Focused reading where I sit still and read for an hour, or even three or four hours, at a time is an ability that came to me with Dewey’s 24-hour Readathon. When you have ADHD, reading for twenty minutes can be challenging, let alone reading for a handful of hours. But this event really motivated me to work through my ADHD so that I can let my body become a whole bookworm without regret. Thanks to these readathon experiences, I can now read for extended periods of time before I get restless or require a change of activity (this has even helped me with writing for a few hours straight).
Supporting important movements and voices, such as the need for diversity in literature. The Ramadan Readathon was an excellent event that helped raise awareness for Muslims in literature, while also providing a platform for Muslims to discuss their struggles in the current social and political climate, and how understanding them as people and individuals is extremely important now more than ever. Another excellent year-long readathon that is going on right now is Year of the Asian Reading Challenge, which is devoted to reading #OwnVoices Asian books, and this is hosted by Asian content creators, all of whom are absolutely wonderful and kind people.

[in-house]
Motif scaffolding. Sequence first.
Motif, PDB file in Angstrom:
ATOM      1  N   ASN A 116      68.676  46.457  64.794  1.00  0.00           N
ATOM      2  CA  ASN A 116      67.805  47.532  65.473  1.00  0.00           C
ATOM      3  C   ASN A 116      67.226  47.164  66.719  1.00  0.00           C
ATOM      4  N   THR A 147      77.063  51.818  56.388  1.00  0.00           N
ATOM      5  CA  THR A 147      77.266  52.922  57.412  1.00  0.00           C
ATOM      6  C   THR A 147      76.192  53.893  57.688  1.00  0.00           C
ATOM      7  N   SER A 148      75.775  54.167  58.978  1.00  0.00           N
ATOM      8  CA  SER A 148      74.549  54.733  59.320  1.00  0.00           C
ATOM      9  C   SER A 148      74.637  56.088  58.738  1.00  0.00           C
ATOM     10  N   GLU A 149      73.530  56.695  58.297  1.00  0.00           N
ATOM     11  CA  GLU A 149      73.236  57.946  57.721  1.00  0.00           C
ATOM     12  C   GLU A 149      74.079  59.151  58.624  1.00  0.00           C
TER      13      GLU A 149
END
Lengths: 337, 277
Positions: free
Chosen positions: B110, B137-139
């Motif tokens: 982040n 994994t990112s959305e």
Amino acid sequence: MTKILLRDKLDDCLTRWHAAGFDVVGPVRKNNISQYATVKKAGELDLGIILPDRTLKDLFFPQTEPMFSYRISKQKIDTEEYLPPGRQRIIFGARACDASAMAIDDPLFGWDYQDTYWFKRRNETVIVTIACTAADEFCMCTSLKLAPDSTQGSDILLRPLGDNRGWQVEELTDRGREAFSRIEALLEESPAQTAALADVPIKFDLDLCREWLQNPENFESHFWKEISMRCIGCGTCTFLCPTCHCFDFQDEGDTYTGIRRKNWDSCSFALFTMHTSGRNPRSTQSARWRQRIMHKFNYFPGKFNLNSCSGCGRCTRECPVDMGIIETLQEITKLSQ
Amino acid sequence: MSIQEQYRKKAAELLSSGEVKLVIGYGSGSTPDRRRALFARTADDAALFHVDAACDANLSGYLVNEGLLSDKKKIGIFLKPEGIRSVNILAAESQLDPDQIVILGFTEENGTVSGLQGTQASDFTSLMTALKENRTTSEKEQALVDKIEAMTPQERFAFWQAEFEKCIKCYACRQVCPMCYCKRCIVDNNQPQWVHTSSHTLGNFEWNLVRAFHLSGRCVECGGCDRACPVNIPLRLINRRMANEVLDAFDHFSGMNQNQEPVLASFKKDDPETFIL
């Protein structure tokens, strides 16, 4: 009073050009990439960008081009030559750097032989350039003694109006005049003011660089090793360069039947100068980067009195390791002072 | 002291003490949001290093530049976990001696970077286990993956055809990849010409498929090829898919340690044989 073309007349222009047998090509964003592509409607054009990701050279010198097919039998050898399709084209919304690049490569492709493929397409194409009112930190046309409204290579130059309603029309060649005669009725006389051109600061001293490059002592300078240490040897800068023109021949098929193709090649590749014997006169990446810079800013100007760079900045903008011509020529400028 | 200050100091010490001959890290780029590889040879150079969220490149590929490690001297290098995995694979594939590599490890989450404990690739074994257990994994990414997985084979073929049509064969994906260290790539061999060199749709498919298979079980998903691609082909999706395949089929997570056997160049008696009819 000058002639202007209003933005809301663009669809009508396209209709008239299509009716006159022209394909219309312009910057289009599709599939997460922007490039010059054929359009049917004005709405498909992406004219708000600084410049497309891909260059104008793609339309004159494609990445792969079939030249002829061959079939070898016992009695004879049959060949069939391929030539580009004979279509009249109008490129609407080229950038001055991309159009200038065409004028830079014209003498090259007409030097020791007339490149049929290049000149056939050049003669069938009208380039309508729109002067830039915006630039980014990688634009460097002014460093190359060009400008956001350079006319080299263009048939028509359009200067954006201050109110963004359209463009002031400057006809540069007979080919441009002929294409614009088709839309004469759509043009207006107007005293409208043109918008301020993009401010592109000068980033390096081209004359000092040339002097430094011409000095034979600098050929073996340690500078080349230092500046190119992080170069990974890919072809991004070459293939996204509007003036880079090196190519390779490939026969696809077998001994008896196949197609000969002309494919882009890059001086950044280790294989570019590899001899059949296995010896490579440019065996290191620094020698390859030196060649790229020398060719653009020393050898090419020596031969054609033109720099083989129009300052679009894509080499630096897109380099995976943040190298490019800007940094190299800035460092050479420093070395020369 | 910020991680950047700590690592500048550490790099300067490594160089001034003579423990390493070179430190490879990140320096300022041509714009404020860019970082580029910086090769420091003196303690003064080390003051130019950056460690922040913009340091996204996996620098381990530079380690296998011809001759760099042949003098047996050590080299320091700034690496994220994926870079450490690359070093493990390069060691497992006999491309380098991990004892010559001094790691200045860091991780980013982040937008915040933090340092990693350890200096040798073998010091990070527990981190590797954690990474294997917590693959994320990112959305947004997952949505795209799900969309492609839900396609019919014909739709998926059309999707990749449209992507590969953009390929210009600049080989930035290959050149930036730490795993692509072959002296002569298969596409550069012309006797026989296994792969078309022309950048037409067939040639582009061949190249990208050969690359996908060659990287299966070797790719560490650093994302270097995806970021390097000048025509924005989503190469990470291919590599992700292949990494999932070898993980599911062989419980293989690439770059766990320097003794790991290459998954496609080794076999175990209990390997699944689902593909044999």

The hardest part about supporting causes that are near-and-dear to my heart is the fact that I don’t have a lot of money. Our household makes enough to survive, but nothing much beyond that. Support doesn’t always have to come in monetary means, though. Sometimes the best way to support something is to talk about it and to uplift others fighting for the same cause. Specialised readathons, like the ones mentioned above, are a wonderful way to do just that, and they aren’t limited to online communities either.
Another more local one that I’m currently participating in isn’t held by content creators at all, but by my local library organisation. The goal is for adults to read as many books as possible during the Summer as a way to inspire and encourage children and kids to find joy in reading with the ultimate hope of decreasing illiteracy within local communities. Adults can also volunteer to read to kids during Summer vacation, donate books, and much more.
Lastly, there is the very simple yet always relevant reason of conquering the towering to-be-read stacks. My TBR stack is taller than Tokyo Tower, and it hasn’t been decreasing due to my recent obsession for checking out library books (something I shall be remedying in July). As bibliophiles, it can be so easy and rejuvenating to get caught up in buying all the books, occasionally even when we can’t afford them. Or, if you’re like me, when you can’t afford to buy them, you maintain a master list that you can refer to for your next trip to the library, bookshop, or book website. Yet, when that list grows like a weed, it can become outrageously overwhelming.